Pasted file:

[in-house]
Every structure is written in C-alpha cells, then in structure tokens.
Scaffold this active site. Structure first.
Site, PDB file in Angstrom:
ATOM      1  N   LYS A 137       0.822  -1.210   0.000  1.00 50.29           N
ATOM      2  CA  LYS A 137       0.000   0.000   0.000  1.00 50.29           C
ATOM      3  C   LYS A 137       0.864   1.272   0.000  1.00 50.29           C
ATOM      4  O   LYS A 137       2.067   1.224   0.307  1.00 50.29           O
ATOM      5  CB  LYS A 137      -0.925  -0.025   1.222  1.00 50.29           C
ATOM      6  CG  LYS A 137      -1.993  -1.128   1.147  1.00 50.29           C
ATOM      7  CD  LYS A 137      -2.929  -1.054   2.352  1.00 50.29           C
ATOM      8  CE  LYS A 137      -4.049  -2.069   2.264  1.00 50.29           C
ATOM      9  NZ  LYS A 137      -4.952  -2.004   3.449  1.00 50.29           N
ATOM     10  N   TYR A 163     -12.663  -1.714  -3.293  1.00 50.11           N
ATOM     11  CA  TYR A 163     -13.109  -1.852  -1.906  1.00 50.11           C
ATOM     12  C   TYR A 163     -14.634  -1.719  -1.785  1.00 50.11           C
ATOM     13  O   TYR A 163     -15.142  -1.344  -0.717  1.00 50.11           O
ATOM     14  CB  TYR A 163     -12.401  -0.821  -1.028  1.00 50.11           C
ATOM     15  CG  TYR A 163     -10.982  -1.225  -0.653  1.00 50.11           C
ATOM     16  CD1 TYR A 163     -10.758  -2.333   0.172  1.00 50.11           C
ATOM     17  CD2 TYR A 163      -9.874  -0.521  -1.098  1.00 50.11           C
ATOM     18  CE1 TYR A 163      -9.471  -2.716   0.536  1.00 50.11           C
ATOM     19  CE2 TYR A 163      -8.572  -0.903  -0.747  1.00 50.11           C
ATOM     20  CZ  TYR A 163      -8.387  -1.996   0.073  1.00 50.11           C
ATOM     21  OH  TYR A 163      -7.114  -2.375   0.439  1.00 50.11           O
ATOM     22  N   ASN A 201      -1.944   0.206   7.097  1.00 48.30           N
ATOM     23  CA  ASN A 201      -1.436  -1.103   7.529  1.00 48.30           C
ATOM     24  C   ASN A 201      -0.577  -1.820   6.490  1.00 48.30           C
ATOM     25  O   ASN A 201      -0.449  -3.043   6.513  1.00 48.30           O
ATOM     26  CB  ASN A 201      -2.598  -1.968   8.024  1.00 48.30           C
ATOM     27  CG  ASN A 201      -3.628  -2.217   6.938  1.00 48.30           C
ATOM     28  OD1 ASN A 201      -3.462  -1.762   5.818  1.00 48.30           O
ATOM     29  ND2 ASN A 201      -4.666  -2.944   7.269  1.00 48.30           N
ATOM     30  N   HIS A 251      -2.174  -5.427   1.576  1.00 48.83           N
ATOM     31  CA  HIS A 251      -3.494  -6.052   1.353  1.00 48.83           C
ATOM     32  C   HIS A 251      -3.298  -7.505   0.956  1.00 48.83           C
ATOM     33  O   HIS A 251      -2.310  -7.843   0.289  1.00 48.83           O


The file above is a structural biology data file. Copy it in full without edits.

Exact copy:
[in-house]
Every structure is written in C-alpha cells, then in structure tokens.
Scaffold this active site. Structure first.
Site, PDB file in Angstrom:
ATOM      1  N   LYS A 137       0.822  -1.210   0.000  1.00 50.29           N
ATOM      2  CA  LYS A 137       0.000   0.000   0.000  1.00 50.29           C
ATOM      3  C   LYS A 137       0.864   1.272   0.000  1.00 50.29           C
ATOM      4  O   LYS A 137       2.067   1.224   0.307  1.00 50.29           O
ATOM      5  CB  LYS A 137      -0.925  -0.025   1.222  1.00 50.29           C
ATOM      6  CG  LYS A 137      -1.993  -1.128   1.147  1.00 50.29           C
ATOM      7  CD  LYS A 137      -2.929  -1.054   2.352  1.00 50.29           C
ATOM      8  CE  LYS A 137      -4.049  -2.069   2.264  1.00 50.29           C
ATOM      9  NZ  LYS A 137      -4.952  -2.004   3.449  1.00 50.29           N
ATOM     10  N   TYR A 163     -12.663  -1.714  -3.293  1.00 50.11           N
ATOM     11  CA  TYR A 163     -13.109  -1.852  -1.906  1.00 50.11           C
ATOM     12  C   TYR A 163     -14.634  -1.719  -1.785  1.00 50.11           C
ATOM     13  O   TYR A 163     -15.142  -1.344  -0.717  1.00 50.11           O
ATOM     14  CB  TYR A 163     -12.401  -0.821  -1.028  1.00 50.11           C
ATOM     15  CG  TYR A 163     -10.982  -1.225  -0.653  1.00 50.11           C
ATOM     16  CD1 TYR A 163     -10.758  -2.333   0.172  1.00 50.11           C
ATOM     17  CD2 TYR A 163      -9.874  -0.521  -1.098  1.00 50.11           C
ATOM     18  CE1 TYR A 163      -9.471  -2.716   0.536  1.00 50.11           C
ATOM     19  CE2 TYR A 163      -8.572  -0.903  -0.747  1.00 50.11           C
ATOM     20  CZ  TYR A 163      -8.387  -1.996   0.073  1.00 50.11           C
ATOM     21  OH  TYR A 163      -7.114  -2.375   0.439  1.00 50.11           O
ATOM     22  N   ASN A 201      -1.944   0.206   7.097  1.00 48.30           N
ATOM     23  CA  ASN A 201      -1.436  -1.103   7.529  1.00 48.30           C
ATOM     24  C   ASN A 201      -0.577  -1.820   6.490  1.00 48.30           C
ATOM     25  O   ASN A 201      -0.449  -3.043   6.513  1.00 48.30           O
ATOM     26  CB  ASN A 201      -2.598  -1.968   8.024  1.00 48.30           C
ATOM     27  CG  ASN A 201      -3.628  -2.217   6.938  1.00 48.30           C
ATOM     28  OD1 ASN A 201      -3.462  -1.762   5.818  1.00 48.30           O
ATOM     29  ND2 ASN A 201      -4.666  -2.944   7.269  1.00 48.30           N
ATOM     30  N   HIS A 251      -2.174  -5.427   1.576  1.00 48.83           N
ATOM     31  CA  HIS A 251      -3.494  -6.052   1.353  1.00 48.83           C
ATOM     32  C   HIS A 251      -3.298  -7.505   0.956  1.00 48.83           C
ATOM     33  O   HIS A 251      -2.310  -7.843   0.289  1.00 48.83           O